In my parents hometown of Navotas, Okoy is considered an afternoon snack. These are sold during the mid afternoon hours along with others treats like, Valencia (Turon goes by this name in Navotas), Maruya (banana fritter) etc. I remember older family members would eat Okoy with cold rice and a dipping sauce made up of vinegar, garlic and ground black pepper.

When I was growing up we would sometimes have this for breakfast during the weekends. This is one of my favorite dish of all time. Whenever I would come back home to Manila for a visit, this is my top most requested dish from my family.

I have tried dozen of times to make this for my own family here in the Northeast without much success. It will either fall apart during frying or become too soggy and not crisp as it’s supposed to. Thanks to this video I finally found the perfect recipe. Her technique or method is also similar to how I remember my Ninang Aveling and Lola would make it. The reason maybe because of the fact she ¬†is from Malabon, the town next to Navotas which shares a culinary tradition and history.

To make, wash and drain very well a bag of mung bean sprouts. Cut one medium sized white onion into thin slices, and separate the rings or segments. If you have access to fresh small/baby shrimps, wash and trim it’s pointy ends or whiskers. You need not remove it’s shells when you are using baby shrimps. For this recipe I used dried pink shrimps as a substitute.

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For the batter mix the following ingredients in a bowl: 1 cup all purpose flour, 1 heaping teaspoon cornstarch, 1 teaspoon baking powder, 1/2 tsp. salt and 1/2 a tsp. ground black pepper. I just added annatto powder for color, this is totally optional since my aunt or Lola do not use this in their recipe. Slowly add about 1 cup water.  Batter should be thick but pourable.

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Take a small non stick pan and add about 1/4 -1/2 cup neutral oil and heat.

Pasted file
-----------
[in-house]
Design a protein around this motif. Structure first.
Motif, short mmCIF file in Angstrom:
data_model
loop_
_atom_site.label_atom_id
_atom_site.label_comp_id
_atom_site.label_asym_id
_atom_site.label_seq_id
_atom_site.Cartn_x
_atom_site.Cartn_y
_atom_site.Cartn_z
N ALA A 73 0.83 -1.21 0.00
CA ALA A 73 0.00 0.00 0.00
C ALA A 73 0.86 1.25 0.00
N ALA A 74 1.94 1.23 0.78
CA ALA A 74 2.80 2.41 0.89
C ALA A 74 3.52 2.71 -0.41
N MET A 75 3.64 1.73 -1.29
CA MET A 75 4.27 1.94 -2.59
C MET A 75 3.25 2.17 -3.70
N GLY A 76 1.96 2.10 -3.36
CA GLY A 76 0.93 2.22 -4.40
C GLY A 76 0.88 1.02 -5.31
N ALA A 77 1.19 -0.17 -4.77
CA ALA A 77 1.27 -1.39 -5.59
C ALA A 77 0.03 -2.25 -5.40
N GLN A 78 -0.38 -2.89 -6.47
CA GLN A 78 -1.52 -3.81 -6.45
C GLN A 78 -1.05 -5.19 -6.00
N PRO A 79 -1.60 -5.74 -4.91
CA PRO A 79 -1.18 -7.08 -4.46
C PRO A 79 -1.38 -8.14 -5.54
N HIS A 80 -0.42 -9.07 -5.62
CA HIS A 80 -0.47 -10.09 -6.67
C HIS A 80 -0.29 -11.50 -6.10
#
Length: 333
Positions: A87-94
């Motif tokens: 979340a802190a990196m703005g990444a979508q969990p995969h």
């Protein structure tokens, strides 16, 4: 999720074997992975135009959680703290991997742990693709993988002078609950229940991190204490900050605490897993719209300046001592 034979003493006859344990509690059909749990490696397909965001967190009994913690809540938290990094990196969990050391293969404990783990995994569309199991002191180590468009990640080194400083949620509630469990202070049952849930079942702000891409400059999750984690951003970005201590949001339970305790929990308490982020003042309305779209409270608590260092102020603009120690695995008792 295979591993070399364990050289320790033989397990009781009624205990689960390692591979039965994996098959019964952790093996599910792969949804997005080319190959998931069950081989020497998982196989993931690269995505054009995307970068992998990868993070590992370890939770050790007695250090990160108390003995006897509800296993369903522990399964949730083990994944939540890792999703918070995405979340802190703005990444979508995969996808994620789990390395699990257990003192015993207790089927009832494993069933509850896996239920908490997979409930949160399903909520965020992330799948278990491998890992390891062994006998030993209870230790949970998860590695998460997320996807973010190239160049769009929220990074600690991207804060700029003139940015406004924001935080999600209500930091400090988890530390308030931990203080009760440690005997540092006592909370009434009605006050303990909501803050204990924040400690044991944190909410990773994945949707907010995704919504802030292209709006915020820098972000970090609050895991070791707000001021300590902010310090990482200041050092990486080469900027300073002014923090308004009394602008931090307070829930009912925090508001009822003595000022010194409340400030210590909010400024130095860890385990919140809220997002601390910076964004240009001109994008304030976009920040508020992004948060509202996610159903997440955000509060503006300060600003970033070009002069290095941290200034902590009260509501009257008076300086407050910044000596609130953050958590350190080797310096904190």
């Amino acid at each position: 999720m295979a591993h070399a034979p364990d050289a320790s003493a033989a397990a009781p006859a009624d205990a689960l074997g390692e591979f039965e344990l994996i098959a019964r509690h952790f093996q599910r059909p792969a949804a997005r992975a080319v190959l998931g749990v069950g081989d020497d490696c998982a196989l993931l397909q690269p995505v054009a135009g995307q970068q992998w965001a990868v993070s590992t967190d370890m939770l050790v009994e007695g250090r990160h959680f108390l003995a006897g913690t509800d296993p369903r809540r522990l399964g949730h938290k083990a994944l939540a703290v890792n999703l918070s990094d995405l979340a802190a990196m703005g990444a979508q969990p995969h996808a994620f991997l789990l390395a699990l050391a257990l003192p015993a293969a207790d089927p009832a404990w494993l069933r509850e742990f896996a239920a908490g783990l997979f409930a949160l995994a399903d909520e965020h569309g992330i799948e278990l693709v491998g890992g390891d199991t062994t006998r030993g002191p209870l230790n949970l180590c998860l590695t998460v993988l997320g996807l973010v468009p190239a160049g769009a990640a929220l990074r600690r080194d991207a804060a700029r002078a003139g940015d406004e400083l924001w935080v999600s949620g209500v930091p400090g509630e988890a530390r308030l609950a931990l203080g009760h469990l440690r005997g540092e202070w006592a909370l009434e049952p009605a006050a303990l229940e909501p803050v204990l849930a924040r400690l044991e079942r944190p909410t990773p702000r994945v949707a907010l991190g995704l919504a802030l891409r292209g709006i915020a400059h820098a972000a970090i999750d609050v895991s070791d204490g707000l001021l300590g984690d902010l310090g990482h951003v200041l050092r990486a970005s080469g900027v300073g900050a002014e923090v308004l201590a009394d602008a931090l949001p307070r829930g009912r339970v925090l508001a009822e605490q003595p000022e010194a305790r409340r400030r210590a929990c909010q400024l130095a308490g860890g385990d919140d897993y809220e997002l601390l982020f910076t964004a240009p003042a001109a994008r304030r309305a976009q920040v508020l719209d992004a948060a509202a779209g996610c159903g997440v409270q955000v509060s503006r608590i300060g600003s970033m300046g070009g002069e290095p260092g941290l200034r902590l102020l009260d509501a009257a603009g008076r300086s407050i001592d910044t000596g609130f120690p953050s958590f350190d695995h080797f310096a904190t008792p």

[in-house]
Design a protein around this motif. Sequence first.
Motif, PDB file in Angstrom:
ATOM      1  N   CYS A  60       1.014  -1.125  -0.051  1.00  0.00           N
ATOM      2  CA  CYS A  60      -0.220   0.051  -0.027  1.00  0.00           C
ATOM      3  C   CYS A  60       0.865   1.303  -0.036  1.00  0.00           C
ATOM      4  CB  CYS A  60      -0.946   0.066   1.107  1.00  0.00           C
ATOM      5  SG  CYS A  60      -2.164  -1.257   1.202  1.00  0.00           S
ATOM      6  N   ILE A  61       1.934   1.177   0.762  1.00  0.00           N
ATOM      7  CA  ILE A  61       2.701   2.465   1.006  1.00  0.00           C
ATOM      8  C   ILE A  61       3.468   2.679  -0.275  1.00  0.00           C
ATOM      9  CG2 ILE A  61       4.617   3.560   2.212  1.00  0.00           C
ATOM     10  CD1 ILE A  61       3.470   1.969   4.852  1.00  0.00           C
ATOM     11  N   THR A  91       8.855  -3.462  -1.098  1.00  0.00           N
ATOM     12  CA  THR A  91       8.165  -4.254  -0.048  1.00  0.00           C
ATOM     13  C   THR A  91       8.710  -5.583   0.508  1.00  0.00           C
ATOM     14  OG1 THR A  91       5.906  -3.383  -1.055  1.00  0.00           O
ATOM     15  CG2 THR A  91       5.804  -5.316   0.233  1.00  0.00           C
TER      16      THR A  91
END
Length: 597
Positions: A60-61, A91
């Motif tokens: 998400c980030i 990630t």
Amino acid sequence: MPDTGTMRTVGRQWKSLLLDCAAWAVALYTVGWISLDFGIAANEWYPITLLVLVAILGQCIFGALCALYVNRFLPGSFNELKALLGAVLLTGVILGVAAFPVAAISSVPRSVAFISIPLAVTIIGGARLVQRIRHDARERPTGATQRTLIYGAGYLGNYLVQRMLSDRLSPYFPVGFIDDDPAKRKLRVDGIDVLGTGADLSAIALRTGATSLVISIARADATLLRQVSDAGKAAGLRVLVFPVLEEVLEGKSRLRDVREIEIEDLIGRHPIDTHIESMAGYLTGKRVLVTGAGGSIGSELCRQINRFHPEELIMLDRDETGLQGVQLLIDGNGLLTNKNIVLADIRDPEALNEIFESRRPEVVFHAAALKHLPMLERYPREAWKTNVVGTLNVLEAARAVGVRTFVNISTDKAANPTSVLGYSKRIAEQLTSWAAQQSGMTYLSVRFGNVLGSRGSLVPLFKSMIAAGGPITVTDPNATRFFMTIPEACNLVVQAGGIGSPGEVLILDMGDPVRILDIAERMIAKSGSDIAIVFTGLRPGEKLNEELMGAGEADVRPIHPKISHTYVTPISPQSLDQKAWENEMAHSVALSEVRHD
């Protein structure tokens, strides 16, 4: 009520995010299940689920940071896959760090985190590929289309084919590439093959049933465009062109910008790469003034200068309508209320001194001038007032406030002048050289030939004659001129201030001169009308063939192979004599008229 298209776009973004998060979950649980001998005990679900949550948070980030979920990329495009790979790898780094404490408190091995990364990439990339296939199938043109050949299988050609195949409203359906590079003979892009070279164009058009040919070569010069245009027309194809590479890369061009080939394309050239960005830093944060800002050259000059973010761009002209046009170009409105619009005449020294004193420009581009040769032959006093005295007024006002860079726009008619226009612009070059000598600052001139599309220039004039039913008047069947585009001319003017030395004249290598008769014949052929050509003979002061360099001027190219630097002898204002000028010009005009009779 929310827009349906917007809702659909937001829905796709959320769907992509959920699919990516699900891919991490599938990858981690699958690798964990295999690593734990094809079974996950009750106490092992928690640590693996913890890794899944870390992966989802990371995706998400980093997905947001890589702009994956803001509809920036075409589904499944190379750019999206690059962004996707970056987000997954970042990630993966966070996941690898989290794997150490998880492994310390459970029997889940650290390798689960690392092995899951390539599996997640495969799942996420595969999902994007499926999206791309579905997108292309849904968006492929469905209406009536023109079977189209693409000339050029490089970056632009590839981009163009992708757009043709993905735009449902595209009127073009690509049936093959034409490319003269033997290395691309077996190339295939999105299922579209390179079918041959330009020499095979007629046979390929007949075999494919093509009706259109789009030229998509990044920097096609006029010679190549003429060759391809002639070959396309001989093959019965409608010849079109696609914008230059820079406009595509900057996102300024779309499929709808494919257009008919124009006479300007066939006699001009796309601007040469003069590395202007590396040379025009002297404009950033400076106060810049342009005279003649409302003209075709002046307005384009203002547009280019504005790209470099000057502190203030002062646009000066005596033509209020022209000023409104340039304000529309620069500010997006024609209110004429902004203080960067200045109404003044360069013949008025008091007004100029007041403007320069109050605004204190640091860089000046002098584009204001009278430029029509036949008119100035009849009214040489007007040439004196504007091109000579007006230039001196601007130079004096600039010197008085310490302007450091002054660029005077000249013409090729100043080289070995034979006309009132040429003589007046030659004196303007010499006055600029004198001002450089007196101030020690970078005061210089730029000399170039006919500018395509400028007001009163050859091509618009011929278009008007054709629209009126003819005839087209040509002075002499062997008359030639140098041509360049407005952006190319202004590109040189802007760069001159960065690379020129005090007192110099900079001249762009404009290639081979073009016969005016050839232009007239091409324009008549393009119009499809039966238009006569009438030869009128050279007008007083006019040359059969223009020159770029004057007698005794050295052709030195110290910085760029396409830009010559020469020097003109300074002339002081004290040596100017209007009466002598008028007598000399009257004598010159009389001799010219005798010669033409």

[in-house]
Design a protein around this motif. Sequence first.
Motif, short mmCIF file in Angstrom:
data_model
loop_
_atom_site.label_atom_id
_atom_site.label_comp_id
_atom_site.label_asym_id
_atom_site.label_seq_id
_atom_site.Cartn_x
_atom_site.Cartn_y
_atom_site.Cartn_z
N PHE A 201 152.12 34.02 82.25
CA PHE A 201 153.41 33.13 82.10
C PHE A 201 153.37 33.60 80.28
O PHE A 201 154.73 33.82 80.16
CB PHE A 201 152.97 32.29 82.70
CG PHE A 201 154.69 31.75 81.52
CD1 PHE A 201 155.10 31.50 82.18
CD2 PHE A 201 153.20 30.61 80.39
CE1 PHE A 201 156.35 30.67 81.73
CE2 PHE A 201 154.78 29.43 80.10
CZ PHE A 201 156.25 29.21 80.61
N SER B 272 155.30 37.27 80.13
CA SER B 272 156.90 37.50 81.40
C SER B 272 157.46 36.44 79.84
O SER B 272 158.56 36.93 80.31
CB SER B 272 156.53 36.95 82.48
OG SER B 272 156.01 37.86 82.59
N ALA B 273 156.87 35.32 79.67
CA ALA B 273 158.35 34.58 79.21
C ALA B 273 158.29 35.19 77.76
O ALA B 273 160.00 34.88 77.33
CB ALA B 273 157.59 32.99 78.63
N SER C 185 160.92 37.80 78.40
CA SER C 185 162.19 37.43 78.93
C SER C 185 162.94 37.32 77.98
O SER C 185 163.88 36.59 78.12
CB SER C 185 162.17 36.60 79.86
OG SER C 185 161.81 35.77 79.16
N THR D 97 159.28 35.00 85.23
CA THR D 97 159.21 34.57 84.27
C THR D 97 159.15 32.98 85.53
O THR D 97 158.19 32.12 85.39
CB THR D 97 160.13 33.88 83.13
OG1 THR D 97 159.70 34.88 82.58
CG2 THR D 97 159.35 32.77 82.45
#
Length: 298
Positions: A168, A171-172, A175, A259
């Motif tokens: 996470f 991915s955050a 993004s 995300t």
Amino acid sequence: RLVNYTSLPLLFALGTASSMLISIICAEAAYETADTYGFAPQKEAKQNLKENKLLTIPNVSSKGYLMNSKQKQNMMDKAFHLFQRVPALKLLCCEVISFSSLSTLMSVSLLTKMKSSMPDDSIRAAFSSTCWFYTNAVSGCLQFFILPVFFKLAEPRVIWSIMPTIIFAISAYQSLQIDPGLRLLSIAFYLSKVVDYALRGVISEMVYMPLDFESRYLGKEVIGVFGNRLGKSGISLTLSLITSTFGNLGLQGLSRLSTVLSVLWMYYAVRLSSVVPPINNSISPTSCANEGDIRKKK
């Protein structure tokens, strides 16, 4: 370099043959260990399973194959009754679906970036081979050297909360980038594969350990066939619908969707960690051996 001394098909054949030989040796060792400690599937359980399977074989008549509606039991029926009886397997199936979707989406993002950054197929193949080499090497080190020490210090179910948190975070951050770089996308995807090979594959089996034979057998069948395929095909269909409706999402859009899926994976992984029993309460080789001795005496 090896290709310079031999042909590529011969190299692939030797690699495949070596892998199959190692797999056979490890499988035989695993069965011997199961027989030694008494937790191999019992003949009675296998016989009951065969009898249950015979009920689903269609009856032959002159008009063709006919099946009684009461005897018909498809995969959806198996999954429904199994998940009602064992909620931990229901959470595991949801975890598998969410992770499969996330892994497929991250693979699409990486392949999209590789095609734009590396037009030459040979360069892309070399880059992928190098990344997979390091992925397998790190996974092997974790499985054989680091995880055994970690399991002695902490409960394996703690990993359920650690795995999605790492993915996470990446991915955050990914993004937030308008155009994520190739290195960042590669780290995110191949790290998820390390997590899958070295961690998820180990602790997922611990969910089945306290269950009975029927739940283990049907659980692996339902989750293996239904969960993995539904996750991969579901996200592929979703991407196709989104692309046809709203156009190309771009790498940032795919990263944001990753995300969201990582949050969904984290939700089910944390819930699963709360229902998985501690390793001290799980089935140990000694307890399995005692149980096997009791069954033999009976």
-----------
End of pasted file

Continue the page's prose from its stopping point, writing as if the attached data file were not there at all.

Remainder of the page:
To make, get a small plate or saucer and sprinkle some sprouts until it just covers it. Next add some onion strips or slices then add a few pieces of shrimps on top. Then get a small ladle or big spoon and pour your batter until it just covers your vegetables and shrimp. I used about 3 small ladles of batter.

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Then quickly slide your fritter into the hot oil. It should slide easily if you added the right amount of batter. Cook until brown and crisp on both sides. Serve immediately with a dipping sauce of vinegar, crushed garlic and ground black pepper.

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Filipino Chop Suey (Vegetable Medley Stir Fry)

Filipino chop suey is just a colorful medley of vegetables that has been stir fried. Most often chicken, pork or shrimp is added. In my family chicken is the protein of choice. You can use any kind of vegetables you want; cabbage, carrots, celery, cauliflower, bell pepper and chicharo (snow peas) are the most popular.

For this recipe I didn’t add any kind of meat, instead I opted to use quail eggs and some fish cake.

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To make, in a large skillet or wok saute in 2 tbsp. oil 1 medium sized white onion finely chopped and cook until translucent. Add 3-4 cloves minced garlic and continue cooking until fragrant. Add your vegetable starting with the hardiest: 1 medium sized carrot cut into rounds, 1 small broccoli and cauliflower head cut into florets, a handful of snow peas. Let this cook until vegetables are crisp tender. Then add a can of young corn, a can of quail eggs and 1/4 cup fish cakes then carefully stir. Continue cooking for 2 – 3 minutes until heated through. Then place the following in a small bowl 1 tsp. cornstarch, 2 heaping tablespoon each of soy sauce and oyster sauce, 1 tsp sesame oil. and about 1/4 – 1/2 cup water. Mix until thoroughly combined. Pour this into your vegetable and cook until sauce has thickened. You may add more water if you think it’s a bit dry.

Serve immediately.

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Shishito Peppers Spring Roll (Dynamite Lumpia)